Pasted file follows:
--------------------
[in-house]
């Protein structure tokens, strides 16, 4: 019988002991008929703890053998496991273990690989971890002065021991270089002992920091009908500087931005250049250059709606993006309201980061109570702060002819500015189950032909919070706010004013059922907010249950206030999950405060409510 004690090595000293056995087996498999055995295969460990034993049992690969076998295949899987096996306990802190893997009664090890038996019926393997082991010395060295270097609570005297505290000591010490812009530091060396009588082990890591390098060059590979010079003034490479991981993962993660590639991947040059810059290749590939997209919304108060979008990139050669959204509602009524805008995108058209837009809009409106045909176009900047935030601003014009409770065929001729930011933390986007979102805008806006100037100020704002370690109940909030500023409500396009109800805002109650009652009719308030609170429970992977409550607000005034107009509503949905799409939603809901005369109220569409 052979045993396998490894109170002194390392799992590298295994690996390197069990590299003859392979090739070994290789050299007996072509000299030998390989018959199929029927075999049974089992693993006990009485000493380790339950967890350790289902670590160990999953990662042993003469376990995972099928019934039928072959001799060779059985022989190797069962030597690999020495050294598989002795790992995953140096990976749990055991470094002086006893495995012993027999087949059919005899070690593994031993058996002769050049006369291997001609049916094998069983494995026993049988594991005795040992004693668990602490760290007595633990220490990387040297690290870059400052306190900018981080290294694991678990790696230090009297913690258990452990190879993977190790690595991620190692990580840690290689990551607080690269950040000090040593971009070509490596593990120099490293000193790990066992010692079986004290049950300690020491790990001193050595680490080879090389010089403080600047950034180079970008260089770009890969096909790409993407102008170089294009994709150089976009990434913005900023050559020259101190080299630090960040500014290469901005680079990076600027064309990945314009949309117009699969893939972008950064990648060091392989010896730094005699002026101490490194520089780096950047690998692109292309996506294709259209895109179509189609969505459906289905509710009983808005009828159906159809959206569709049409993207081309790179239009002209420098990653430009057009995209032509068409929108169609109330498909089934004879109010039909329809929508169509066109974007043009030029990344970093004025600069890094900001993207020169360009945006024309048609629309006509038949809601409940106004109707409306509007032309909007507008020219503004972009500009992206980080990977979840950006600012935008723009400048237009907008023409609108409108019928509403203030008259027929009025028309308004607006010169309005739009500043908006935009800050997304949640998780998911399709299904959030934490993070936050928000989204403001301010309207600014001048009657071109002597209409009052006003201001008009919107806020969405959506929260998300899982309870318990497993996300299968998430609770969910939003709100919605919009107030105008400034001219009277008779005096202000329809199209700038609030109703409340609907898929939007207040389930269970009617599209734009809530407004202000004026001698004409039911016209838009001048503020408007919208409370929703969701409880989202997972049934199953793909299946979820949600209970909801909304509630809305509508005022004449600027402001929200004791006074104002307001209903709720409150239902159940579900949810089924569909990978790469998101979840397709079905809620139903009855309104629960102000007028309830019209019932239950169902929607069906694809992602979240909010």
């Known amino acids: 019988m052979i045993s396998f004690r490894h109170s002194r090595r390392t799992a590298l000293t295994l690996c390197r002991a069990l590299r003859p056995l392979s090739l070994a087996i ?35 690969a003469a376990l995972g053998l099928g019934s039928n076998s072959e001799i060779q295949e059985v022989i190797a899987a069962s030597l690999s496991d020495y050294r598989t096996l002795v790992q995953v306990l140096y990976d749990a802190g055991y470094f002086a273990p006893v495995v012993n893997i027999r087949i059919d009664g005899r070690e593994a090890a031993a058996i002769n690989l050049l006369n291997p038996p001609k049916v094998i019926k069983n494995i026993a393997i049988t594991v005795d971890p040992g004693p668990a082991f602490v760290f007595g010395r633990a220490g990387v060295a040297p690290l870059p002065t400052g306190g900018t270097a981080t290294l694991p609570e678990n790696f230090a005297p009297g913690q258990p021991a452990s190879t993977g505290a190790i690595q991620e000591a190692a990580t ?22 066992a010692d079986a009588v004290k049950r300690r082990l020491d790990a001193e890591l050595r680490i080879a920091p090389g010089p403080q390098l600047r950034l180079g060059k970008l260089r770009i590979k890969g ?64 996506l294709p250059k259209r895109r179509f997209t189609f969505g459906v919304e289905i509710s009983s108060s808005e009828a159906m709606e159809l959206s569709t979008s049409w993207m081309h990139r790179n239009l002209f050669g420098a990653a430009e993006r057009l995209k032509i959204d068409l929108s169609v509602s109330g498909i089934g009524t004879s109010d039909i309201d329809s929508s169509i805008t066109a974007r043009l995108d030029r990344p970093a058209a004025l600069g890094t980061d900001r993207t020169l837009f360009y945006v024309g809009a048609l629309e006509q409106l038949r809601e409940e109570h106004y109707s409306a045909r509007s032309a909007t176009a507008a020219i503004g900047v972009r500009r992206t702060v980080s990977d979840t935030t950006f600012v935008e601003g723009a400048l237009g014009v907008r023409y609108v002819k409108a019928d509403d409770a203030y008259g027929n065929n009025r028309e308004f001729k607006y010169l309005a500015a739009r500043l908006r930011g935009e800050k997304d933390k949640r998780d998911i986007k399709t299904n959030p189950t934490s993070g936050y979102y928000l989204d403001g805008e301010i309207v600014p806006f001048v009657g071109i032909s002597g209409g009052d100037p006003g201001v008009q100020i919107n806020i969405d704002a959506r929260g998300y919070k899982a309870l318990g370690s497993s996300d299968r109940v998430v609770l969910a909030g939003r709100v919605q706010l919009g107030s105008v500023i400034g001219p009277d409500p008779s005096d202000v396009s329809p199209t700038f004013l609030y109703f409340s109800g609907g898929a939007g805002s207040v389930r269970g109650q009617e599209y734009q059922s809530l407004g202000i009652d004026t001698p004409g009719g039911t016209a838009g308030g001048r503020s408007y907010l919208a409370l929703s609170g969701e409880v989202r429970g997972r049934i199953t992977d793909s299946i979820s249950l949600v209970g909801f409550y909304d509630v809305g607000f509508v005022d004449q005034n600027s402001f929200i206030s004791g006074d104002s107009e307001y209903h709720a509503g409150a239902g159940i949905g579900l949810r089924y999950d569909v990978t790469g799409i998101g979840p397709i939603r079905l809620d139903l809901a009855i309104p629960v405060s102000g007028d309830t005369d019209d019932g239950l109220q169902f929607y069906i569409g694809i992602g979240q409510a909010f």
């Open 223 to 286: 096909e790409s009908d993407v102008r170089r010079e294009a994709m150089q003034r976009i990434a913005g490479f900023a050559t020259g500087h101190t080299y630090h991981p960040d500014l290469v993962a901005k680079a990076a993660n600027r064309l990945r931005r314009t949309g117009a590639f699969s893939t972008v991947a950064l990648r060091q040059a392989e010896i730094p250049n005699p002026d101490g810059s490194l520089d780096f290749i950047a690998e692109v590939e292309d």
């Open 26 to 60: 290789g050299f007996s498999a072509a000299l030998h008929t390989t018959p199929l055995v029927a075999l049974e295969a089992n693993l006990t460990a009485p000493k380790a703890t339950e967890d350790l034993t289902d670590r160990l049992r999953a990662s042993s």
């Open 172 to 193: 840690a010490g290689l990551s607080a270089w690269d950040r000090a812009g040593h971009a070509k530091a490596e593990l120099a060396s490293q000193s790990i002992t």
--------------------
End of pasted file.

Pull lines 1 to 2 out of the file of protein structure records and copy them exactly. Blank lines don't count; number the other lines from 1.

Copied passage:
[in-house]
């Protein structure tokens, strides 16, 4: 019988002991008929703890053998496991273990690989971890002065021991270089002992920091009908500087931005250049250059709606993006309201980061109570702060002819500015189950032909919070706010004013059922907010249950206030999950405060409510 004690090595000293056995087996498999055995295969460990034993049992690969076998295949899987096996306990802190893997009664090890038996019926393997082991010395060295270097609570005297505290000591010490812009530091060396009588082990890591390098060059590979010079003034490479991981993962993660590639991947040059810059290749590939997209919304108060979008990139050669959204509602009524805008995108058209837009809009409106045909176009900047935030601003014009409770065929001729930011933390986007979102805008806006100037100020704002370690109940909030500023409500396009109800805002109650009652009719308030609170429970992977409550607000005034107009509503949905799409939603809901005369109220569409 052979045993396998490894109170002194390392799992590298295994690996390197069990590299003859392979090739070994290789050299007996072509000299030998390989018959199929029927075999049974089992693993006990009485000493380790339950967890350790289902670590160990999953990662042993003469376990995972099928019934039928072959001799060779059985022989190797069962030597690999020495050294598989002795790992995953140096990976749990055991470094002086006893495995012993027999087949059919005899070690593994031993058996002769050049006369291997001609049916094998069983494995026993049988594991005795040992004693668990602490760290007595633990220490990387040297690290870059400052306190900018981080290294694991678990790696230090009297913690258990452990190879993977190790690595991620190692990580840690290689990551607080690269950040000090040593971009070509490596593990120099490293000193790990066992010692079986004290049950300690020491790990001193050595680490080879090389010089403080600047950034180079970008260089770009890969096909790409993407102008170089294009994709150089976009990434913005900023050559020259101190080299630090960040500014290469901005680079990076600027064309990945314009949309117009699969893939972008950064990648060091392989010896730094005699002026101490490194520089780096950047690998692109292309996506294709259209895109179509189609969505459906289905509710009983808005009828159906159809959206569709049409993207081309790179239009002209420098990653430009057009995209032509068409929108169609109330498909089934004879109010039909329809929508169509066109974007043009030029990344970093004025600069890094900001993207020169360009945006024309048609629309006509038949809601409940106004109707409306509007032309909007507008020219503004972009500009992206980080990977979840950006600012935008723009400048237009907008023409609108409108019928509403203030008259027929009025028309308004607006010169309005739009500043908006935009800050997304949640998780998911399709299904959030934490993070936050928000989204403001301010309207600014001048009657071109002597209409009052006003201001008009919107806020969405959506929260998300899982309870318990497993996300299968998430609770969910939003709100919605919009107030105008400034001219009277008779005096202000329809199209700038609030109703409340609907898929939007207040389930269970009617599209734009809530407004202000004026001698004409039911016209838009001048503020408007919208409370929703969701409880989202997972049934199953793909299946979820949600209970909801909304509630809305509508005022004449600027402001929200004791006074104002307001209903709720409150239902159940579900949810089924569909990978790469998101979840397709079905809620139903009855309104629960102000007028309830019209019932239950169902929607069906694809992602979240909010």